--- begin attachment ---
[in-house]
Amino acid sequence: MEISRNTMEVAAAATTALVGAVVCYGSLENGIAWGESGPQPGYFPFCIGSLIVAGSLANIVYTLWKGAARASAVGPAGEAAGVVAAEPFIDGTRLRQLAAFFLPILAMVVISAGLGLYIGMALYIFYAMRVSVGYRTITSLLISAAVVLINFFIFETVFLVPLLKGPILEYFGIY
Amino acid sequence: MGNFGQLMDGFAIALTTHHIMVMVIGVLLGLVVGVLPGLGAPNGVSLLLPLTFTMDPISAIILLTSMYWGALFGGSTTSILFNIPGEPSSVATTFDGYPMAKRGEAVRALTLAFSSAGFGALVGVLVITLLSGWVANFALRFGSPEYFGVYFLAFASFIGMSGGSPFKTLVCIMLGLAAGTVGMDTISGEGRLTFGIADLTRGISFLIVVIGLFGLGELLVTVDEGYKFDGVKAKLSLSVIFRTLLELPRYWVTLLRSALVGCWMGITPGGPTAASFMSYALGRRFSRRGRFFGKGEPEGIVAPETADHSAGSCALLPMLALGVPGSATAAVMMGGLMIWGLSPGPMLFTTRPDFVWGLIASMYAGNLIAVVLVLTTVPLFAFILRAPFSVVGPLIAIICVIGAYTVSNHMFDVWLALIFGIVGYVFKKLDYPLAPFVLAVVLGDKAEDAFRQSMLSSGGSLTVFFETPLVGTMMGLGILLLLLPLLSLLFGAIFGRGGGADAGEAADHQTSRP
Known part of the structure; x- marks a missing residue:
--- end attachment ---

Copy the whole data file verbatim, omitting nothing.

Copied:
[in-house]
Amino acid sequence: MEISRNTMEVAAAATTALVGAVVCYGSLENGIAWGESGPQPGYFPFCIGSLIVAGSLANIVYTLWKGAARASAVGPAGEAAGVVAAEPFIDGTRLRQLAAFFLPILAMVVISAGLGLYIGMALYIFYAMRVSVGYRTITSLLISAAVVLINFFIFETVFLVPLLKGPILEYFGIY
Amino acid sequence: MGNFGQLMDGFAIALTTHHIMVMVIGVLLGLVVGVLPGLGAPNGVSLLLPLTFTMDPISAIILLTSMYWGALFGGSTTSILFNIPGEPSSVATTFDGYPMAKRGEAVRALTLAFSSAGFGALVGVLVITLLSGWVANFALRFGSPEYFGVYFLAFASFIGMSGGSPFKTLVCIMLGLAAGTVGMDTISGEGRLTFGIADLTRGISFLIVVIGLFGLGELLVTVDEGYKFDGVKAKLSLSVIFRTLLELPRYWVTLLRSALVGCWMGITPGGPTAASFMSYALGRRFSRRGRFFGKGEPEGIVAPETADHSAGSCALLPMLALGVPGSATAAVMMGGLMIWGLSPGPMLFTTRPDFVWGLIASMYAGNLIAVVLVLTTVPLFAFILRAPFSVVGPLIAIICVIGAYTVSNHMFDVWLALIFGIVGYVFKKLDYPLAPFVLAVVLGDKAEDAFRQSMLSSGGSLTVFFETPLVGTMMGLGILLLLLPLLSLLFGAIFGRGGGADAGEAADHQTSRP
Known part of the structure; x- marks a missing residue: